Your comfort limit will be a little different. If you found you were comfortable 10 degrees above the comfort limit on one bag, you could figure the same for other bags, although this would be approximate.

You really have to try a bag on different trips to find what the real comfort limit is, and even that's not accurate because maybe the next trip you'll be more tired or eat less.

scree ride
Re: Re: Re: Re: Re: Quilt Layering Question on 12/23/2013 17:13:40 MST Print View

x + y - 70 or 25*+40*-70*=-5*

Keith F
(hamerica) - M

Locale: Northern Virginia
Re: Quilt Layering Question on 12/23/2013 18:14:26 MST Print View

Thanks guys, good info here. I realize the formula is just a baseline but it should get me close.

Matt Dirksen
(NamelessWay) - MLife

Locale: Mid Atlantic
Re: Re: Re: Re: Re: Re: Quilt Layering Question on 12/23/2013 18:20:22 MST Print View

That certainly proves to me that my math brain was turned off.

Thanks for making that fit, but what if I have two zero degree bags? That formula won't apply.


Matt Dirksen
(NamelessWay) - MLife

Locale: Mid Atlantic
Re: Re: Re: Re: Re: Re: Quilt Layering Question on 12/23/2013 19:48:23 MST Print View

"What's good about EN13537 is it allows you to compare two bags. "


After reading the document on the "issues of EN13537", it appears to me there is still much work to do, especially in regards to the potential variablility between the testing labs. To me, this might make it more difficult to compare two bags than it seems in the surface (or even the same bag from one year to the next.)

From the report:

"This example indicates that even if the inter-lab variability in manikin results is within the ideal ±5% range, the affect on the resulting temperature predictions is unacceptable to manufacturers. It has become difficult for companies to manage the changes in temperature ratings on product labels and in technical literature from year to year that are due to sample variance and laboratory test variance – and not necessarily due to a minor change in bag design or materials. The constant changes in labeling and re-testing increase costs for manufacturers."

Your advice to try different bags is spot on.



jerry adams
(retiredjerry) - MLife

Locale: Oregon and Washington
Re: Re: Re: Re: Re: Re: Re: Quilt Layering Question on 12/23/2013 20:11:09 MST Print View

What I hate about EN13537 is it's so expensive. A manufacturer will have to test each size of each bag. It's prohibitive for small manufacturers.

The problem is that, pre EN13537, different manufacturers are more or less conservative so it's hard to select which bag from which manufacturer. Some manufacturers arbitrarily rate their bags colder because they cynically know it will help sales.

It would be better if they just had ratings such as 2.5 oz Apex is 45F, down could have linear relationship between loft and temp rating only you'de have to factor in that if you over-stuff, the clo/inch goes up. And you'de have to factor in mummy bag vs rectangular. The calculation would be a little complicated and there would be some error, but like the article says, EN13537 has errors too.

Then, different manufacturers could be compared easily.

And if you knew you slept cold, for example, you could just select a bag that's rated 10 degrees (or whatever) colder than the minimum temperature you want.

jerry adams
(retiredjerry) - MLife

Locale: Oregon and Washington
Re: Quilt Layering Question on 12/23/2013 21:32:48 MST Print View

x + y - 70 or 25*+40*-70*=-5* is just coincidence

Richard refers to EN13537 lower limit to clo conversion and vice versa.


EN13537 lower comfort limit (Men) is:
10 C for 0.62 m2K/W
-15 C for 1.3 m2K/W.
And it’s linear, so, formula is:
Lower comfort limit (men) = 32.8 C – 36.8 * RSI
where RSI is the insulation value in m2K/W

Convert to clo and degree F:
Lower comfort limit (men) = 91 F – 36.8 (W/m2) * 1.8 (F/C) *0.155 (m2K/W/clo) * Rclo
= 91 F – 10.27 * Rclo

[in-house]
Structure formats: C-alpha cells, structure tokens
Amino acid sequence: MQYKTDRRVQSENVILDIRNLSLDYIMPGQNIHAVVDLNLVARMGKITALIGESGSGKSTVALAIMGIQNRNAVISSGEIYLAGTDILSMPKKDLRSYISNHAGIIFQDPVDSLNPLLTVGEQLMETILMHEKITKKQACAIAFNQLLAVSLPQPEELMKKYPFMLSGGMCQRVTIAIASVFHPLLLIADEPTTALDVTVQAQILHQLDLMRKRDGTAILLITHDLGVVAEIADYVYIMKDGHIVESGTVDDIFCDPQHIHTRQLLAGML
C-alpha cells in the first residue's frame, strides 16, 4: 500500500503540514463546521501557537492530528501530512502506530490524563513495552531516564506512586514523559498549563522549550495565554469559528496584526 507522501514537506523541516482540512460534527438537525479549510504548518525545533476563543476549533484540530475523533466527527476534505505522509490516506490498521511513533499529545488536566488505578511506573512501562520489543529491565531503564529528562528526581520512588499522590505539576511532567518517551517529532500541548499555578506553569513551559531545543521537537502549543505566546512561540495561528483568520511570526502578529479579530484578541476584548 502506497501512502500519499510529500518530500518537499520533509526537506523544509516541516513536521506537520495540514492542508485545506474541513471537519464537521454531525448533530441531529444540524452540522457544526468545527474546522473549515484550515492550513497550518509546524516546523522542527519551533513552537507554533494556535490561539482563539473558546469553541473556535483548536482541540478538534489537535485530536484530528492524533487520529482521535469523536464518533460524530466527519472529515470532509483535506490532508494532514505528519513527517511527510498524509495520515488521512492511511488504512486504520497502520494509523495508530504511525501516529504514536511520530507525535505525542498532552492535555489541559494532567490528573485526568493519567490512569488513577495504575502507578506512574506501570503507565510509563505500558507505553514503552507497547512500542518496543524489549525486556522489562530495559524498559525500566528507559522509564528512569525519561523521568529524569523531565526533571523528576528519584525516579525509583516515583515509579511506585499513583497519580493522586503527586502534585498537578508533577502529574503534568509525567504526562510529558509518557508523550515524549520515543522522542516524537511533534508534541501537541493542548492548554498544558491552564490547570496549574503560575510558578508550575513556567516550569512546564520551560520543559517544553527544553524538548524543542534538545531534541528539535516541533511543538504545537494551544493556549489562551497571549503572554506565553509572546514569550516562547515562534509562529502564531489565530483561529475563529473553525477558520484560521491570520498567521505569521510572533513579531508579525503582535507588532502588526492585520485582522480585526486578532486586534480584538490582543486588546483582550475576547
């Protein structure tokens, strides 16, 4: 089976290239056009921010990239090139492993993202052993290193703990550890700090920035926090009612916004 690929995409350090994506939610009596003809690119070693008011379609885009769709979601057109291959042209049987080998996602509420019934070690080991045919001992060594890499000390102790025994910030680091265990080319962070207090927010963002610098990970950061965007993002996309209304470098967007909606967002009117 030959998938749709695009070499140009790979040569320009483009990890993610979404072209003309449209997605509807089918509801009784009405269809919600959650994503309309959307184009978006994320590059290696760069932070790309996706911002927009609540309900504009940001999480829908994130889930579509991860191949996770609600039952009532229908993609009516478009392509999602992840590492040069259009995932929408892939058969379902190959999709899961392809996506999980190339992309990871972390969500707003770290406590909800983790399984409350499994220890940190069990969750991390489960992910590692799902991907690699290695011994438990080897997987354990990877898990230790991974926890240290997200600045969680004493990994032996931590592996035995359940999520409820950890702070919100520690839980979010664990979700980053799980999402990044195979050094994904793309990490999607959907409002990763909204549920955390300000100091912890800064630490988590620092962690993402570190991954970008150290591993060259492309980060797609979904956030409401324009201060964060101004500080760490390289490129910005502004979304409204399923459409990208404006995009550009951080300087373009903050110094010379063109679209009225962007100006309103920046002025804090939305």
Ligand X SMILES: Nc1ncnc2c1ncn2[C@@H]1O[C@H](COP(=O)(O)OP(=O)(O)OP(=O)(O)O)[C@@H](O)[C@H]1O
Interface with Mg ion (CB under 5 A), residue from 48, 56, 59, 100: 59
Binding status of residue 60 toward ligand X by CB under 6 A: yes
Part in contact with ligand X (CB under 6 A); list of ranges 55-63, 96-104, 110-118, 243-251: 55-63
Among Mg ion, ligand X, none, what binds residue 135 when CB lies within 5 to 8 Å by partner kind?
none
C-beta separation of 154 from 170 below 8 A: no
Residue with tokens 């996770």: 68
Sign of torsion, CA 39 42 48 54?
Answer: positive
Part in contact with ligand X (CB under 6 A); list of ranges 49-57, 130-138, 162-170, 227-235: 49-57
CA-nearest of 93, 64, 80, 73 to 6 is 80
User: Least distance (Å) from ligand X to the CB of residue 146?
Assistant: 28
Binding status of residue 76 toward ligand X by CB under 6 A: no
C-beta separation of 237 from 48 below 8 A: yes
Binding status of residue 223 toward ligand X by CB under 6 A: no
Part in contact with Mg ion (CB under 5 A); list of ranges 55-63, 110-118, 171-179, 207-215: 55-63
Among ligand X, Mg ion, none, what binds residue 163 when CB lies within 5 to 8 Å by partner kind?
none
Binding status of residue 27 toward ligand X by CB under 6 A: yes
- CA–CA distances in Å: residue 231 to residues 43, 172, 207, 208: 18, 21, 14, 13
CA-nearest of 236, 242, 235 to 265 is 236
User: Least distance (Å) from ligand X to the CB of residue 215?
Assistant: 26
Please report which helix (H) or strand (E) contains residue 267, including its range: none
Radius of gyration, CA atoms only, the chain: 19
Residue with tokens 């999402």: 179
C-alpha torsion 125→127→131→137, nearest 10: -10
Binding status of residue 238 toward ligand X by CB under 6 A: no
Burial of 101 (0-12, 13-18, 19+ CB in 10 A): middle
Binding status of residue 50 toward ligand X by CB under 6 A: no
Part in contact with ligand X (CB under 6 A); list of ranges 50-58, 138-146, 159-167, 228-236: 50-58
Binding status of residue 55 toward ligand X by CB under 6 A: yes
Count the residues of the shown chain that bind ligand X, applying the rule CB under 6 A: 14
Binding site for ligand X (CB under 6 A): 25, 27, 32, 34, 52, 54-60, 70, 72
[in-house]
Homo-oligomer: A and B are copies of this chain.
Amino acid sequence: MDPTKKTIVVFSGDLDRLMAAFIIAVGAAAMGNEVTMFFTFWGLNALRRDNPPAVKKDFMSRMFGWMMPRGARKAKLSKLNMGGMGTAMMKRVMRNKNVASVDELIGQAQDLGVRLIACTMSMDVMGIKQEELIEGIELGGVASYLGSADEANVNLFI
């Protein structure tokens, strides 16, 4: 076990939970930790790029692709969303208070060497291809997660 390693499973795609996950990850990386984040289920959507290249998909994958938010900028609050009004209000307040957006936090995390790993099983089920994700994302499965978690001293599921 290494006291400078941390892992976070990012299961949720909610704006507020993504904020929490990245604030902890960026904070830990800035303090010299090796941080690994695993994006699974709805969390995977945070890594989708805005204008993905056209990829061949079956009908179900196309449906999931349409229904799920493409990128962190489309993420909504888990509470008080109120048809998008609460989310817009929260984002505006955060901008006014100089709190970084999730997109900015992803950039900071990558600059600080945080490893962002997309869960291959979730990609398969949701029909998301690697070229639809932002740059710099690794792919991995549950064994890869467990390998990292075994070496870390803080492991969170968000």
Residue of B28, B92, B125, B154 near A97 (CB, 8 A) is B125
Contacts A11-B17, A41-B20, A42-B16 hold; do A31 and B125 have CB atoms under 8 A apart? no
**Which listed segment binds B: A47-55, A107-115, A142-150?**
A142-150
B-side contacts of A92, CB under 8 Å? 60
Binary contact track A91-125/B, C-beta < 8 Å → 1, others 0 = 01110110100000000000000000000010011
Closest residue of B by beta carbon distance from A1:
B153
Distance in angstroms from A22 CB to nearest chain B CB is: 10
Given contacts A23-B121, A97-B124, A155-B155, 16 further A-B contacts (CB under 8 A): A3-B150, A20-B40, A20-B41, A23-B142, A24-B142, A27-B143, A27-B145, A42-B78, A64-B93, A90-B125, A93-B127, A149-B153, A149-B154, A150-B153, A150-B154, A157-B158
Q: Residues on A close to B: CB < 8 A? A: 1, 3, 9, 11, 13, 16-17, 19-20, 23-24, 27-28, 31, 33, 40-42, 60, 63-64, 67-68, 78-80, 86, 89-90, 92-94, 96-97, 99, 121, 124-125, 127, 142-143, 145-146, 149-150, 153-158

Where Rclo is the insulation value in clo

And inverse is:
Rclo = (91 F - lower comfort limit ) / 10.27

Richard said 25 F rated bag is 6.39 clo. I calculate 6.42 clo from formula above so there’s a small difference in round-off somewhere but it verifies the above formula.

Richard said 4 oz Prodigy is 0.82 clo/oz = 3.28 clo total (Richard said ~3.44 which is close enough). This is just the spec’d value for Apex.

Richard added these and subtracted 0.6 clo, which is the boundary layer. 6.39 + 3.44 – 0.6 = 9.23 clo. Plug into the formula above – lower comfort limit = -4 F – close to Richard’s calculation of -5 F.

Richard said that 40 F Prodigy has 4 oz Apex of 0.82clo/oz = 3.28 clo, but if you plug that into the formula, it would be EN13537 rated to 57 F. or 55 F if you use 3.44 clo. The 40 F rating is exhagerated compared to EN13537. Maybe that assumes you wear some clothing inside to get it down to 40 F.

So, the formula would be 25 F (for the MB bag) – (91 – 55) = -11 F. Except he subtracted 0.6 clo for the boundary layer which is 7 degrees, so the formula is 25 – (91-57) + 7 = -4.

The value 70 has no basis except anecdotally.

scree ride
Re: Re: Quilt Layering Question on 12/24/2013 09:50:02 MST Print View

25 – (91-55) + 7 = 25 + 55 - 91 + 7 = 25 + 55 - 84 = -4

X + Y - 84 = Z (Epic)

Two 0* quilts would be good for -84*. Two 50* quilts would equal a 20*.
70* was anecdotal based on ambient temperatures.
I won't disagree with your figures, I see where you get them. The standards do seem a bit wishful though.
I'll let Mikey try it.

jerry adams
(retiredjerry) - MLife

Locale: Oregon and Washington
Re: Re: Re: Quilt Layering Question on 12/24/2013 10:38:30 MST Print View

I agree the theory will exhagerate lower limit

Because of the factors mentioned - outer layer compresses inner layer, as the loft increases the area of the outer surface increases so you have more surface area conducting away heat, your head sticks out the end and needs to be insulated too,...

Since that depends on each case, you can't really make a good formula, so any of these ad hoc formulas are as good as any other. Maybe lowering limit by 10 or 20 degrees is a good "formula" but you really have to try it.

Matt Dirksen
(NamelessWay) - MLife

Locale: Mid Atlantic
Re: Re: Re: Quilt Layering Question on 12/24/2013 11:11:15 MST Print View


I guess that'll be good for ole Santa - who (according to NORAD) is on his way to Dubai right now.

Happy holidays everyone!

Thanks for the enlightenment, Jerry & Scree.


p.s. for Christmas, I just wish bag manufacturers would post temp ranges AND permeability measurements. That info would be very helpful for me, in my pursuit for pure comfort in the wilderness.... (sigh)

Piper S.
(sbhikes) - F

Locale: Santa Barbara (Name: Diane)
Re: Re: Re: Re: Quilt Layering Question on 01/02/2014 12:46:58 MST Print View

Ha ha these formulas are crazy!

My thinking is you put the bigger (by dimension) quilt on the outside. You want it to wrap around the other quilt and if you use straps, to be able to thread the inner quilt's straps through the outer quilt's loops, or if you don't use straps, you want the outer quilt to drape completely over the other quilt to close all the gaps. It's those gaps that make you cold more than anything else.